Governor’s budget flat funds municipal aid

As municipalities begin crafting budgets for the 2015-16 fiscal year, local leaders are preparing to work with no increase in aid from the state.

Gov. Dannel Malloy proposed a two-year, nearly $40 billion budget last week. The budget proposal maintains municipal aid at its current level.

Local leaders took the governor’s proposal as good and bad news.

Prospect Mayor Robert Chatfield was pleased funding wasn’t cut in the spending plan.

“We could have lost state grants,” Chatfield said. “At least we kept what we had. It will make it a little easier come budget time.”

Chatfield said, after all the numbers were totaled, the town will actually received $7,000 more from the state than last year.

Beacon Falls First Selectman Christopher Bielik was not as happy with the news, saying it ultimately meant a loss for the town.

“Anytime you’re talking about budgets staying flat in the revenue side when expenses never stay flat, there’s always going to be some kind of impact,” Bielik said. “We’re going to look very seriously at minimizing the impact on taxpayers.”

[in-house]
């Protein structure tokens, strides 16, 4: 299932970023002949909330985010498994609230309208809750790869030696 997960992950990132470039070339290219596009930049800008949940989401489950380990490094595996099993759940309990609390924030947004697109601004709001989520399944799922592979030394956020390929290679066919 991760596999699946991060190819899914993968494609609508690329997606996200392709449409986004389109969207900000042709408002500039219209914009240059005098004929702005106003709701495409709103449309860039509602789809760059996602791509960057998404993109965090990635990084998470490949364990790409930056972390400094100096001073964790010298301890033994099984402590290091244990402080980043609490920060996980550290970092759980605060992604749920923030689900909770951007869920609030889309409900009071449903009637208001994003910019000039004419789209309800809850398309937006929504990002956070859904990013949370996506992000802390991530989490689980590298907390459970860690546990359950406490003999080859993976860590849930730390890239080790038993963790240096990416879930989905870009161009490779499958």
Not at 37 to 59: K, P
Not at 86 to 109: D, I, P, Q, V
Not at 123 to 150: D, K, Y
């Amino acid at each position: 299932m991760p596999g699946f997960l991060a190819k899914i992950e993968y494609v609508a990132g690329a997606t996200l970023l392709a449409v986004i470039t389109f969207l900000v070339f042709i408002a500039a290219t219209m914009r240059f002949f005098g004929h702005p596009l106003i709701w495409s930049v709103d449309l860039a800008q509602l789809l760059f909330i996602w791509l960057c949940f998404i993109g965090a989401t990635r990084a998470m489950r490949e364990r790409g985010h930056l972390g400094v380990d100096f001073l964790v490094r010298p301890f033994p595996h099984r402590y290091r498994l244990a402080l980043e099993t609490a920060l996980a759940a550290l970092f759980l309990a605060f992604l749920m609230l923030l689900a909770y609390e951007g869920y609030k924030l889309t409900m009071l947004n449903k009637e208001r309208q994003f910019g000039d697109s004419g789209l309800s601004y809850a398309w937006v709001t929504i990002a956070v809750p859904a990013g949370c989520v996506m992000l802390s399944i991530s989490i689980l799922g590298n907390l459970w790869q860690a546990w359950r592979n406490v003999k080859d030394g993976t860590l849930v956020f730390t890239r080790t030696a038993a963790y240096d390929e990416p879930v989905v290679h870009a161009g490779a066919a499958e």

Bielik said his biggest concern is how the state aid for education, since that is the largest portion of the taxes that residents pay.

Naugatuck Mayor Robert Mezzo said, while the municipalities would always like more money, he understands the decision the governor made based on the financial difficulties in Hartford.

“In general this governor, unlike some of his counterparts in other states, has consistently stood by cities and towns, protecting local funding. Other governors have cut aide to cities and towns and, ultimately, that falls on heads of local taxpayers,” Mezzo said.

The governor’s budget plan spends nearly $19.7 billion in the first year and nearly $20.3 billion in the second year.

It increases overall spending 3.3 percent in 2016 and 3.1 percent in 2017.

It raises $567.6 million in revenue in the first year and another $356.8 in the second year, and it reduces spending $590.3 million in the first year and $753.4 million in the second year.

The Republican-American contributed to this article.